I’ve written about grit on my blog. Grit has gotten me through a lot. Today I remember the person who has modeled grit to me my entire life.
I will miss my dad. Forever.
When I was a young girl, the house where we lived had a huge Cottonwood tree in the backyard with a swing. I have memories of being filled with glee while getting pushed by my dad, my hair blowing in the breeze. “Higher, Daddy! Push me higher!” I would squeal. He always did. I held on tight during the wild ride, and sometimes he threw in an underdog which made the ride even more thrilling.
My dad worked hard as a computer programmer, salesman, and executive, modeling an incredible work ethic and the importance of treating others with respect. He programmed computers for the Apollo Space Program and worked at the Pentagon during the Vietnam War, although – to the end – he said the details were classified. He traveled the world with the International Sales Division of Univac. In his final occupation he built a successful computer consulting company where he was President, CEO and a mentor to many.
He would tell you he found success in many areas of life because he was, “handsome, debonair, rich, influential, and educated,” which was true. But it was also because he was whip-smart, honest, loyal, determined, helpful, mischievous, and optimistic. He was a character and always put a smile on people’s faces. When people asked him how he was, he would reply, “Bordering on excellent!” He also had a fierce optimism about others, always believing that if he helped out, if he pushed someone a little higher, great things were possible. My dad lived life abundantly and wanted to help others do the same.
One of his favorite places on earth was his and my mom’s cabin on Sand Lake. He remodeled much of the interior (in his signature knotty pine), built beautiful wooden furniture, could fix anything, and was a huge fan of starting blazing campfires with “Boy Scout Juice,” a mixture of old oil and gas. No project was ever too challenging. Most were begun with “Here we go now” and a pumped fist. Anything could be accomplished with hard work, a lot of thought, some tinkering, and the belief that in the end you’d be successful. He did all this to take care of his family and make sure we had a quiet retreat from an increasingly chaotic world. He was always protecting us and always working to give us a good life.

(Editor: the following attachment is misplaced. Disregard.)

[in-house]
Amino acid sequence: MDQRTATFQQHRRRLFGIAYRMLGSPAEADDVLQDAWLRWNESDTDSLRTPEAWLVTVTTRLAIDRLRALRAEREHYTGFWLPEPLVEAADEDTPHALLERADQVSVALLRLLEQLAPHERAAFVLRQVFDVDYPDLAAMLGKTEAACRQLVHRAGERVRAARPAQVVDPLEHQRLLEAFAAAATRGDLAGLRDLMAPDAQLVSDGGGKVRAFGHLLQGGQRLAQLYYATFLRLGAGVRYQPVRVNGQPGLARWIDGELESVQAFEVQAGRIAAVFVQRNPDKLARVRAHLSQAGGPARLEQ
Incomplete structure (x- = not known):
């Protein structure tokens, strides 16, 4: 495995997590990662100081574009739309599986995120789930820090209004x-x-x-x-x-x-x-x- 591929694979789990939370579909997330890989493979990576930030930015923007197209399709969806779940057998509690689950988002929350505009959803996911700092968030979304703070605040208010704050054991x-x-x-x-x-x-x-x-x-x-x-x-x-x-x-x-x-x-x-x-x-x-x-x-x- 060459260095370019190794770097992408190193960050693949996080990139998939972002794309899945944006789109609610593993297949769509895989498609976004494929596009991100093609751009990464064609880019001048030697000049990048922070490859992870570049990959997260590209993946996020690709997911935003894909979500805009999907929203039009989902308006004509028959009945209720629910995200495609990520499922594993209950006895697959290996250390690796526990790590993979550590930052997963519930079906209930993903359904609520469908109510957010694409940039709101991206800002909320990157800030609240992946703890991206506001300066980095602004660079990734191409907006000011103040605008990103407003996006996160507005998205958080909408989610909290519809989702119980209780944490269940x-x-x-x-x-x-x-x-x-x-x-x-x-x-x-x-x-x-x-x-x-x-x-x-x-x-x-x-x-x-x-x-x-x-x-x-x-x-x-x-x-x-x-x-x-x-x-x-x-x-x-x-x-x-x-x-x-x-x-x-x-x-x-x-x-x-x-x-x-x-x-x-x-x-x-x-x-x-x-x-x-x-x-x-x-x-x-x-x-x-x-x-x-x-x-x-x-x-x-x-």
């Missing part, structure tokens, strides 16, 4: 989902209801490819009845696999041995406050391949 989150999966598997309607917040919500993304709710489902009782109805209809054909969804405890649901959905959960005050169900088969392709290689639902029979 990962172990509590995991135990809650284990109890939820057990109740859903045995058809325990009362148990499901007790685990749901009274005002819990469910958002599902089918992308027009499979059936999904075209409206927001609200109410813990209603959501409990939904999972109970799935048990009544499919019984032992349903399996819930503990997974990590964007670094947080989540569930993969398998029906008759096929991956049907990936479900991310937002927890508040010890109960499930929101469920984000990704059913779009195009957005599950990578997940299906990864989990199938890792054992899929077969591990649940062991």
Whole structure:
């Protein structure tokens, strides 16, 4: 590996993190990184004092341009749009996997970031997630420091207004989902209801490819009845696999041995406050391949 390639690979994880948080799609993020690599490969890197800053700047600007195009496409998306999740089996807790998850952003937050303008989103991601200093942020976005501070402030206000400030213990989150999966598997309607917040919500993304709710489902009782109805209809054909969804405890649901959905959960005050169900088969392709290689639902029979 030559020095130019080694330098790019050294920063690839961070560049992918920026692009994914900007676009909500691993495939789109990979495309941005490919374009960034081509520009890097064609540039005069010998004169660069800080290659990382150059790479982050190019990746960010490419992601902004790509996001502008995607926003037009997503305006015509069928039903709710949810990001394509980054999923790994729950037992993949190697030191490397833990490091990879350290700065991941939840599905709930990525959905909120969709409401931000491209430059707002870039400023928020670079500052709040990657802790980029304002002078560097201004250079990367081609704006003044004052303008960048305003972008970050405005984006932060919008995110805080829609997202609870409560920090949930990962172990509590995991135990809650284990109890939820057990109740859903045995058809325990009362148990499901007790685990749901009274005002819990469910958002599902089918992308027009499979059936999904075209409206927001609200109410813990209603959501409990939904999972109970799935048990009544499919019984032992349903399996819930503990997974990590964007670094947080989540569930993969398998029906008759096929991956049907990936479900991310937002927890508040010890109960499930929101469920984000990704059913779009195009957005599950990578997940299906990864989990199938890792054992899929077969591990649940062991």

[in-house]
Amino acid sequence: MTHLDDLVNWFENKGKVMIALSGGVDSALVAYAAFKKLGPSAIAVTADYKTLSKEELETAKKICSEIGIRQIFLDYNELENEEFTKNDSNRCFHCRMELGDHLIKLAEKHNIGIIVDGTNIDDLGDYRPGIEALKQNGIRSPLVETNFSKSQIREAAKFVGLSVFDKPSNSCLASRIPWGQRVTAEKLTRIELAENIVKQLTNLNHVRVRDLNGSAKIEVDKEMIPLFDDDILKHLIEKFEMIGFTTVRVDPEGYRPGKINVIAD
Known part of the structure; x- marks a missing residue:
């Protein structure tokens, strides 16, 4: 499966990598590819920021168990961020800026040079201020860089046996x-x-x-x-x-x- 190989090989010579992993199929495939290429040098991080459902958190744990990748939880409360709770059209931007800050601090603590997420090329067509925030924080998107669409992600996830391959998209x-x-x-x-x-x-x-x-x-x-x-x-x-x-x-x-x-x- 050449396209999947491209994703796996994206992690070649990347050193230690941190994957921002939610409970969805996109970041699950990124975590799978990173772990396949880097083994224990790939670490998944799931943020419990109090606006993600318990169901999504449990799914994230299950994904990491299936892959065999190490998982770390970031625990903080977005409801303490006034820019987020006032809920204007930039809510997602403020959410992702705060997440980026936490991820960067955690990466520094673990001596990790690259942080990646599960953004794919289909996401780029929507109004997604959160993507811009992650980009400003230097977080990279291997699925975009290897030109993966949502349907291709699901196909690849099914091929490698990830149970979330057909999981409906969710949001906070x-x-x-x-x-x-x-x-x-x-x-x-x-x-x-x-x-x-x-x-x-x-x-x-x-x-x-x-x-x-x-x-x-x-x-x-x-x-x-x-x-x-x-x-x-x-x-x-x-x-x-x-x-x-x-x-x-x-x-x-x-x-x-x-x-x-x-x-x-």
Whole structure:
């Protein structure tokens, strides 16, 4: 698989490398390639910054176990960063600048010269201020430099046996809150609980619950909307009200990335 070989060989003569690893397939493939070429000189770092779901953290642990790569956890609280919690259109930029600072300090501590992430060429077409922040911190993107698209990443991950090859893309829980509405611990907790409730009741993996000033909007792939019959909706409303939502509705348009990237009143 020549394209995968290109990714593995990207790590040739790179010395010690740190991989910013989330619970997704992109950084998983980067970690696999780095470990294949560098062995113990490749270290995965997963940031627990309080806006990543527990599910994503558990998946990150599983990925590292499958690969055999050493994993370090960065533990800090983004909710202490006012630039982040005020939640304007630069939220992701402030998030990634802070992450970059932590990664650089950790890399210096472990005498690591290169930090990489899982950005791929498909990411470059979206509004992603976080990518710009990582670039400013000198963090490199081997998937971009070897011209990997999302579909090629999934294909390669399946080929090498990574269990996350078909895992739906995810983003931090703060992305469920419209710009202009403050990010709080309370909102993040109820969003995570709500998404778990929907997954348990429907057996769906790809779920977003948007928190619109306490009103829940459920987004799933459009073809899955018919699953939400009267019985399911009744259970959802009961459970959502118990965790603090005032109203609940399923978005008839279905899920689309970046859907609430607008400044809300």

Last fall I ran the Twin Cities Marathon. It was a drizzly day and I didn’t think my dad would be on the course because he had just been released from a short hospital stay. As I approached the highest elevation point on the marathon I saw my family and at the end of the line, my dad. He was there with a huge smile, the same twinkle in his eye, and his fist in the air. His determination had gotten him there to encourage me to challenge myself, to work hard, and to stay optimistic.
He always pushed me higher on that swing in our backyard, and in life. His body is gone, but his spirit will always be with me. I know he will always push me higher, always push me to live life abundantly, and he’ll throw in an underdog at the highest elevation point for an extra thrill.